Many of New Mexico’s smallest public schools have wrangled this year with a drop in state funding after lawmakers passed legislation in 2019 that is gradually cutting off a revenue stream.

Future losses will lead to tough choices, school leaders say: Recruit more students, lay off teachers and other staff, or close buildings.

They had hoped to halt the decline of funding from a 40-year-old provision known as the small-school size adjustment when lawmakers convened again this year, but a bill to address the issue hasn’t even been printed.

House Bill 147, sponsored by Rep. Javier Martínez, D-Albuquerque, has not been cited as a priority by either Gov. Michelle Lujan Grisham or House Speaker Brian Egolf, D-Santa Fe.

“At this point, I don’t know that we’ll get a hearing,” Martínez said in an interview this week. “... Our kids deserve better.”

It will be at least another year before the Legislature can reconsider the phasing out of the small-school money, which in recent years has made up a significant share of the operating budgets of some tiny traditional public schools as well as publicly funded charter schools — as much as 30 percent of the budget at The MASTERS Program in Santa Fe, for instance. When lawmakers passed the phase-out measure last year, they said the funds were only intended for schools in small, rural districts.

The five-year phase-out, at a rate of 20 percent per year until it’s gone in 2024-25, was “designed to right-size our system and bring it back to legislative intent in a reasonable way,” said Sen. Mimi Stewart, an Albuquerque Democrat who co-sponsored the bill.

The measure came in response to criticism that charter schools were taking too large a share of increases in state funding for public education.

Traditional rural schools are taking a hit, too, though another provision for rural schools in last year’s legislation offsets that, in part.

Curtis Clough, superintendent of the Silver City district, said the small school provision pays for 14 the 24 teachers at K-12 schools in Cliff, a town of fewer than 300 people about 30 miles northwest of Silver City. The Cliff schools serve about 240 kids.

“If the phaseout continues, we’re going to have to make some serious decisions,” Clough said. “We definitely would have to look at the operational costs of all facilities to see if closing buildings is an option to consider.”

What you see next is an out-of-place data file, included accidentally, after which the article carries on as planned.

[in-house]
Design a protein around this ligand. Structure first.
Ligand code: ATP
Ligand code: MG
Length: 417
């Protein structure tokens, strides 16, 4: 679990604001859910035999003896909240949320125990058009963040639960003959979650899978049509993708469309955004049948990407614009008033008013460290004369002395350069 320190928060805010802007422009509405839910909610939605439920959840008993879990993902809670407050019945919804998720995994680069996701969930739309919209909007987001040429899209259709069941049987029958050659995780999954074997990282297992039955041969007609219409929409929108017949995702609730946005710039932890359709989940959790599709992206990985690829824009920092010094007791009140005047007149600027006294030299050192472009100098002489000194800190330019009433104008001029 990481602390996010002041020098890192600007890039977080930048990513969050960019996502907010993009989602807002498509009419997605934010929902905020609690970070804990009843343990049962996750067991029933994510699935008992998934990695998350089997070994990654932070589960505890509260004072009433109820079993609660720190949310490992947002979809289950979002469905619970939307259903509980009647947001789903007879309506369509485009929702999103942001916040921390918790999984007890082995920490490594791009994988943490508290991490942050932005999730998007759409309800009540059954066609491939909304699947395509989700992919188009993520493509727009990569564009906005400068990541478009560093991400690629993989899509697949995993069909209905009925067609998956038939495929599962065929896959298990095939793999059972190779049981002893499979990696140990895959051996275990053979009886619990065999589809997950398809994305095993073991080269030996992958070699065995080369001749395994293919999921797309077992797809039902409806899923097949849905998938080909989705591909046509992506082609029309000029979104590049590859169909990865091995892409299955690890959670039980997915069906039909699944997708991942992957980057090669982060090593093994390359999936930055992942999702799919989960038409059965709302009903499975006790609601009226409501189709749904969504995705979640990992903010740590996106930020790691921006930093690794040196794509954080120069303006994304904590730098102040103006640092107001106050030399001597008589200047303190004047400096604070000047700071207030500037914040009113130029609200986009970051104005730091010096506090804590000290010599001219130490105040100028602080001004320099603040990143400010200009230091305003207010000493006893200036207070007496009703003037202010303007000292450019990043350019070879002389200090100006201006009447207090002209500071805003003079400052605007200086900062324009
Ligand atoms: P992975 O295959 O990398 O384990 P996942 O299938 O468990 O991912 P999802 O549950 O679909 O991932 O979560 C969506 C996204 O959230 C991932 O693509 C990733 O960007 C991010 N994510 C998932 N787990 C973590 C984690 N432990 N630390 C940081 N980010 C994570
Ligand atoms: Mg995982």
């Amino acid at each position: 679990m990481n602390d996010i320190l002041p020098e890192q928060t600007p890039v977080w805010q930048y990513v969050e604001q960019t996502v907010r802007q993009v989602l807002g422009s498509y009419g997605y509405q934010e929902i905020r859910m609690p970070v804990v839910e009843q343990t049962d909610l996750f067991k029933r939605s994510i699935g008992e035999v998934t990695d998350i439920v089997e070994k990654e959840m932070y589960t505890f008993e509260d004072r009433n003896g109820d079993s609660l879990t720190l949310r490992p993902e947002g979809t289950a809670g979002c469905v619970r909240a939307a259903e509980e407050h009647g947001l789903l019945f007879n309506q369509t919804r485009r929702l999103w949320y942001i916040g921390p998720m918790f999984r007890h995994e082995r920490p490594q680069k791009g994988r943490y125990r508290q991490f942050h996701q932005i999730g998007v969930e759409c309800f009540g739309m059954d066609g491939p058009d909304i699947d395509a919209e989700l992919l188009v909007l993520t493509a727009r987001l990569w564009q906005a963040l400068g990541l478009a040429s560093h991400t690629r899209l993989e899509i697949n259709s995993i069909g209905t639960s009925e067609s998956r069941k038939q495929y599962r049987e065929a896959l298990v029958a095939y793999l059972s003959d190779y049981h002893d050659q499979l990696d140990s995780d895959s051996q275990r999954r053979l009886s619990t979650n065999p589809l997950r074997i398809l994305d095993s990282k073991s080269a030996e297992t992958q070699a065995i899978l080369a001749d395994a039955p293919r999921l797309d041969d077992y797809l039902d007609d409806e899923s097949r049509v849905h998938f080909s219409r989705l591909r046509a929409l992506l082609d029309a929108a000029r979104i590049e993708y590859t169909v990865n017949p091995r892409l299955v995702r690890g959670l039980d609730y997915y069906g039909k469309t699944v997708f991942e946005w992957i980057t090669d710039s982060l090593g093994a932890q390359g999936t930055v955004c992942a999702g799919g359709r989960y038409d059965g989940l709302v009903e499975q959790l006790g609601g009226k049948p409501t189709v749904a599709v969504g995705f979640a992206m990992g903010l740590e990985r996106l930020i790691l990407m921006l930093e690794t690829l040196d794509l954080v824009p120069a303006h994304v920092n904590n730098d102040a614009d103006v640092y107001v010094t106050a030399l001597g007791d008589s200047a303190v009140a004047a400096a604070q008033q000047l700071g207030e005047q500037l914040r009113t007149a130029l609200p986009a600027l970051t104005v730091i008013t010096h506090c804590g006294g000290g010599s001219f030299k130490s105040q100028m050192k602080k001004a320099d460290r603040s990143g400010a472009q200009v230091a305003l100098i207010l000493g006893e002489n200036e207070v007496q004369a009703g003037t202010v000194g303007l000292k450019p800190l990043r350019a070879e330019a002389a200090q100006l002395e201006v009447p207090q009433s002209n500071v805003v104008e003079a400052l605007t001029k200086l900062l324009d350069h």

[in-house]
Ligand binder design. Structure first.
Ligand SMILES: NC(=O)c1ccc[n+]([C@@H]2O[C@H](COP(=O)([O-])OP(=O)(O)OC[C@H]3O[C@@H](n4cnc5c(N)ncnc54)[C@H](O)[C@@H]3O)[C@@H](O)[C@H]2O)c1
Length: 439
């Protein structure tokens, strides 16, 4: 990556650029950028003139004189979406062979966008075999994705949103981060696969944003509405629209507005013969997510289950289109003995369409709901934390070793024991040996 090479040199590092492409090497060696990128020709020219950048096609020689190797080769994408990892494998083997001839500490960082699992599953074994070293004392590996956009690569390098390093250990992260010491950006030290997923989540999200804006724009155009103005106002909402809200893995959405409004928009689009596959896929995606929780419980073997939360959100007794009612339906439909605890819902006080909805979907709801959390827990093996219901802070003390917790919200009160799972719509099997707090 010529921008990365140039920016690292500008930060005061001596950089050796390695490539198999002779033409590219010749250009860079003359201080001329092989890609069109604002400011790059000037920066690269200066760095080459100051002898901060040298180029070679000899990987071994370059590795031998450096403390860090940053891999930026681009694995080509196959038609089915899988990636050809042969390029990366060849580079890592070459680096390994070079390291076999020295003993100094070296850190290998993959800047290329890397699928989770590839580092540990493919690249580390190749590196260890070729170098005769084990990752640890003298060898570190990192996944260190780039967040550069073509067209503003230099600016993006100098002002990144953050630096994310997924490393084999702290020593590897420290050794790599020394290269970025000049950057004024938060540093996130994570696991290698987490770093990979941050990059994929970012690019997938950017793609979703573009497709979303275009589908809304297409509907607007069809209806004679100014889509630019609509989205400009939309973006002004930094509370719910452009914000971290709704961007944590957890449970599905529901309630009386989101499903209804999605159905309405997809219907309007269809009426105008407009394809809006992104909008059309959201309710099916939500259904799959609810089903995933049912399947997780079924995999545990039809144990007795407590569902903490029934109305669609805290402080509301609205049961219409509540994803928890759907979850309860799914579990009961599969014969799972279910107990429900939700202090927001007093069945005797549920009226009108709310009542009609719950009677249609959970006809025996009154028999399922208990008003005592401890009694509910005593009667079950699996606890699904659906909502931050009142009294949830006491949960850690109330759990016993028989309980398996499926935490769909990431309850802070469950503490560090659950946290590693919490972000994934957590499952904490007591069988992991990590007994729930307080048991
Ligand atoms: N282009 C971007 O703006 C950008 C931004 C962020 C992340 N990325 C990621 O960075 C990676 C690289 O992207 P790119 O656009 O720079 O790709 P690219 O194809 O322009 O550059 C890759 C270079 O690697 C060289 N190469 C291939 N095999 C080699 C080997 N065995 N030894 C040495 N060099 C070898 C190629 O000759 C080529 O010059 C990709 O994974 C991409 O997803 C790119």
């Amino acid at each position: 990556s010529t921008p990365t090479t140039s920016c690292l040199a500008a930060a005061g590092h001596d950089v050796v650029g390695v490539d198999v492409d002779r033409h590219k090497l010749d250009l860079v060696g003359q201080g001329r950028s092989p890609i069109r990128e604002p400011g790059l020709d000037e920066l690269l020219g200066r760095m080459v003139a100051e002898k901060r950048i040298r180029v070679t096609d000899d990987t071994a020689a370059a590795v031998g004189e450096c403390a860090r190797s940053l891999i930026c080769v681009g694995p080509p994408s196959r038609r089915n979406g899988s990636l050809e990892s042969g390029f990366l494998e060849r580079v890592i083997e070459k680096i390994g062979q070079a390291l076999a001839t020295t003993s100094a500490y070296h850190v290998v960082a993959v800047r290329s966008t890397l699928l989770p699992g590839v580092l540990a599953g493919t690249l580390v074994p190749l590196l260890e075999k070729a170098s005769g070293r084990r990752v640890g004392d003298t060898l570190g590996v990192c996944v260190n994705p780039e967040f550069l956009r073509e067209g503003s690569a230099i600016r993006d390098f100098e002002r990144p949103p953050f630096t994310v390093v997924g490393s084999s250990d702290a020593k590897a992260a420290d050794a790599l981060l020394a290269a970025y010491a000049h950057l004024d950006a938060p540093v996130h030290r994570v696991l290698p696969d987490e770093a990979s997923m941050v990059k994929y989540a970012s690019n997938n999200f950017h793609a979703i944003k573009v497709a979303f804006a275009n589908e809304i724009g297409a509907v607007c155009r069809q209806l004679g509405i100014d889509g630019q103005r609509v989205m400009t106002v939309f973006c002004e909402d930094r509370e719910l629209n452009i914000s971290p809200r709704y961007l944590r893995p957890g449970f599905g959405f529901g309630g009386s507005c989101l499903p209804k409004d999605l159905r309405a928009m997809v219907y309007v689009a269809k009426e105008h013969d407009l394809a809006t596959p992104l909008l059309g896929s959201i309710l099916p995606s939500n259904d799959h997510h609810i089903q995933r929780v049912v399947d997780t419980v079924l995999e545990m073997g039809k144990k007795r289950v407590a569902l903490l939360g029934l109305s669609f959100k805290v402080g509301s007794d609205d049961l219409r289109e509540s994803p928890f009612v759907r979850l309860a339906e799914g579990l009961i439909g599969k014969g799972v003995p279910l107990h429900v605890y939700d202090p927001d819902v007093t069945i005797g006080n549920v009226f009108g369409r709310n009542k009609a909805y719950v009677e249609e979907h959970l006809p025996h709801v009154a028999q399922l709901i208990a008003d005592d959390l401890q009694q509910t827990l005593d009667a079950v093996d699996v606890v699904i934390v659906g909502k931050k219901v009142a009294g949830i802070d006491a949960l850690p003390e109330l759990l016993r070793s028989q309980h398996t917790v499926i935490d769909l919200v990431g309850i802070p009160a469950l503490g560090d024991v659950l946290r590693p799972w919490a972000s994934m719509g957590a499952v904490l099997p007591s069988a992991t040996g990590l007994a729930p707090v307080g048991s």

Previously, the small-school size adjustment provided additional funding for high schools with fewer than 400 students and middle and elementary schools with fewer than 200 students.

Under Stewart’s bill, the funding was limited to schools of those sizes in districts with fewer than 2,000 students.

Silver Consolidated Schools has roughly 2,500 students.

Robert Jessen, head learner at Monte del Sol Charter School in Santa Fe, with an enrollment of 350, received 11 percent of its operating budget from the small-school size adjustment until this year.

Anne Salzmann, principal of The MASTERS Program, a dual-credit charter high school that serves 265 kids in space at Santa Fe Community College, said the adjustment dropped to just over 22 percent of the budget this year from around 30 percent last year.

Martínez’s HB 147 would cap the phaseout of the small-school size adjustment after fiscal year 2021, so schools would continue to receive 60 percent of the funding.

“If the argument is that this funding was never meant for charter schools, that’s fine,” Martínez argued, “but the cat is out of the bag in terms of charter schools, so we need to make sure those schools can stay open.”

His bill also would increase eligibility to districts with up to 4,000 students.

Without changes such as those proposed by Martínez, school leaders say they will be forced to either rapidly increase enrollment or shut their doors.

Julie Radoslovich, principal of Albuquerque-based South Valley Academy, a charter middle and high school, said in December schools like hers would need to enroll at least 650 students to draw enough per-student funding from the state to pay for a full staff.

But many charters remain small by design.

Erik Bose, executive director of Albuquerque Charter Academy, said, “Our program is designed for students overage and under-credited. At 400 to 500 students, we become just like the school students failed at.”

The charter has around 300 students 16 and older.

“The 60 percent [cap], though, is manageable,” Bose said, “as long as it stops there.”

Wayne Sherwood, director of Aldo Leopold Charter school in Silver City, which enrolls around 180 high school students and uses an outdoors-focused curriculum, said, “Our school is specific. You’re not going to send 700 kids into the wilderness. We don’t want to grow to survive.”

The state Public Education Department has heard the concerns and said it needs to study the issue before proposing an alternative for the 2021 legislative session.

Secretary-designate Ryan Stewart said in a statement, “PED leadership has already begun notifying charter leaders of the Department’s intention to work closely with them on this issue during the interim.”

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